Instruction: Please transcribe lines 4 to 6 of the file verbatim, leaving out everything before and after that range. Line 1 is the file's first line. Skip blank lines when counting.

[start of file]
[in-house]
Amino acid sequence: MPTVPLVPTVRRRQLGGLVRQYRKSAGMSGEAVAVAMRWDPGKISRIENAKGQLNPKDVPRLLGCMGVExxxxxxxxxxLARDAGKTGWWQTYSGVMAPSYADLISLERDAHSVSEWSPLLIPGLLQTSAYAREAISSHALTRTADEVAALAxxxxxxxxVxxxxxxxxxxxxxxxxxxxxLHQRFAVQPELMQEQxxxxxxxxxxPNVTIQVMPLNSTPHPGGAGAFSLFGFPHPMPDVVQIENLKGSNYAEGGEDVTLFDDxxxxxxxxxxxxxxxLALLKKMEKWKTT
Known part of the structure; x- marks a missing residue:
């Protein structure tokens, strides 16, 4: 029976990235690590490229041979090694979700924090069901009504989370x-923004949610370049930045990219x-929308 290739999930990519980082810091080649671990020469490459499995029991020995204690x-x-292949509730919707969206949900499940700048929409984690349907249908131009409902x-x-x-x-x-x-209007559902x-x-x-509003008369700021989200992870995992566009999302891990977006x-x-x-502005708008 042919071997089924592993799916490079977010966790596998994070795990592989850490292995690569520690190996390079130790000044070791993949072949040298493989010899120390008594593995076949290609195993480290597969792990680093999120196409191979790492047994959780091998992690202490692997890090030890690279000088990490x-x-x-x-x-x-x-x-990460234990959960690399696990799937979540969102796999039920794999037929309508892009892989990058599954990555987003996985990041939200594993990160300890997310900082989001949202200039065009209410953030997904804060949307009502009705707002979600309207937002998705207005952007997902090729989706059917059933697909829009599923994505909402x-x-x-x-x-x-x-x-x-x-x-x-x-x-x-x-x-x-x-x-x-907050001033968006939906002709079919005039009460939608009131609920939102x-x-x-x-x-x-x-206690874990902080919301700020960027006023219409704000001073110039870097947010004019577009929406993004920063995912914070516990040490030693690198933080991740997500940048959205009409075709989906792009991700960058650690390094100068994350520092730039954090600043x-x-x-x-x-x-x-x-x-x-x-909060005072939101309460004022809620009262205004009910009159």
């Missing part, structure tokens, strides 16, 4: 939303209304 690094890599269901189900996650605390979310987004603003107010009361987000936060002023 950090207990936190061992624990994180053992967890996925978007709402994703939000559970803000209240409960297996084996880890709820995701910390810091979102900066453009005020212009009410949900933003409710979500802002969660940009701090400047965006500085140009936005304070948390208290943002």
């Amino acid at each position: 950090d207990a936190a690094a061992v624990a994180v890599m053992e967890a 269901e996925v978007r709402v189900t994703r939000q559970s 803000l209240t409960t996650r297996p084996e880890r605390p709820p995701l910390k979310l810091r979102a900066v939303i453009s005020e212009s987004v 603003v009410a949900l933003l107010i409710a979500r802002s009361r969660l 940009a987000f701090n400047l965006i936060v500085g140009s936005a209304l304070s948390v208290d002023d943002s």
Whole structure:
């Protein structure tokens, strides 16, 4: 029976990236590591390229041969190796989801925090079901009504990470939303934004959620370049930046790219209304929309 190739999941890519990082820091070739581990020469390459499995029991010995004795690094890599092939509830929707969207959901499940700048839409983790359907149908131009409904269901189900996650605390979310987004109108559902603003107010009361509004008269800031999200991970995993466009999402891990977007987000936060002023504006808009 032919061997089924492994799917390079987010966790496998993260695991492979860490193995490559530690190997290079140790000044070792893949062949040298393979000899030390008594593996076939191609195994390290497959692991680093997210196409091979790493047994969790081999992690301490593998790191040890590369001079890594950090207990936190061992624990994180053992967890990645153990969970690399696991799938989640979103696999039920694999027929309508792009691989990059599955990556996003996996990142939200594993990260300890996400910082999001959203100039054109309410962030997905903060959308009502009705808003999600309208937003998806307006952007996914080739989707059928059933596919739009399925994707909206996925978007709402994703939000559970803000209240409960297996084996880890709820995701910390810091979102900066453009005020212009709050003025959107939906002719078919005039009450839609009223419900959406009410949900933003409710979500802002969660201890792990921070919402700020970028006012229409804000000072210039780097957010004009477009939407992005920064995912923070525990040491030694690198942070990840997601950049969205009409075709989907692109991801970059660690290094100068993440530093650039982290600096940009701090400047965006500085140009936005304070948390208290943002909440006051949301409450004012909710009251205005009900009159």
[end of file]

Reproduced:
């Protein structure tokens, strides 16, 4: 029976990235690590490229041979090694979700924090069901009504989370x-923004949610370049930045990219x-929308 290739999930990519980082810091080649671990020469490459499995029991020995204690x-x-292949509730919707969206949900499940700048929409984690349907249908131009409902x-x-x-x-x-x-209007559902x-x-x-509003008369700021989200992870995992566009999302891990977006x-x-x-502005708008 042919071997089924592993799916490079977010966790596998994070795990592989850490292995690569520690190996390079130790000044070791993949072949040298493989010899120390008594593995076949290609195993480290597969792990680093999120196409191979790492047994959780091998992690202490692997890090030890690279000088990490x-x-x-x-x-x-x-x-990460234990959960690399696990799937979540969102796999039920794999037929309508892009892989990058599954990555987003996985990041939200594993990160300890997310900082989001949202200039065009209410953030997904804060949307009502009705707002979600309207937002998705207005952007997902090729989706059917059933697909829009599923994505909402x-x-x-x-x-x-x-x-x-x-x-x-x-x-x-x-x-x-x-x-x-907050001033968006939906002709079919005039009460939608009131609920939102x-x-x-x-x-x-x-206690874990902080919301700020960027006023219409704000001073110039870097947010004019577009929406993004920063995912914070516990040490030693690198933080991740997500940048959205009409075709989906792009991700960058650690390094100068994350520092730039954090600043x-x-x-x-x-x-x-x-x-x-x-909060005072939101309460004022809620009262205004009910009159």
């Missing part, structure tokens, strides 16, 4: 939303209304 690094890599269901189900996650605390979310987004603003107010009361987000936060002023 950090207990936190061992624990994180053992967890996925978007709402994703939000559970803000209240409960297996084996880890709820995701910390810091979102900066453009005020212009009410949900933003409710979500802002969660940009701090400047965006500085140009936005304070948390208290943002």
């Amino acid at each position: 950090d207990a936190a690094a061992v624990a994180v890599m053992e967890a 269901e996925v978007r709402v189900t994703r939000q559970s 803000l209240t409960t996650r297996p084996e880890r605390p709820p995701l910390k979310l810091r979102a900066v939303i453009s005020e212009s987004v 603003v009410a949900l933003l107010i409710a979500r802002s009361r969660l 940009a987000f701090n400047l965006i936060v500085g140009s936005a209304l304070s948390v208290d002023d943002s």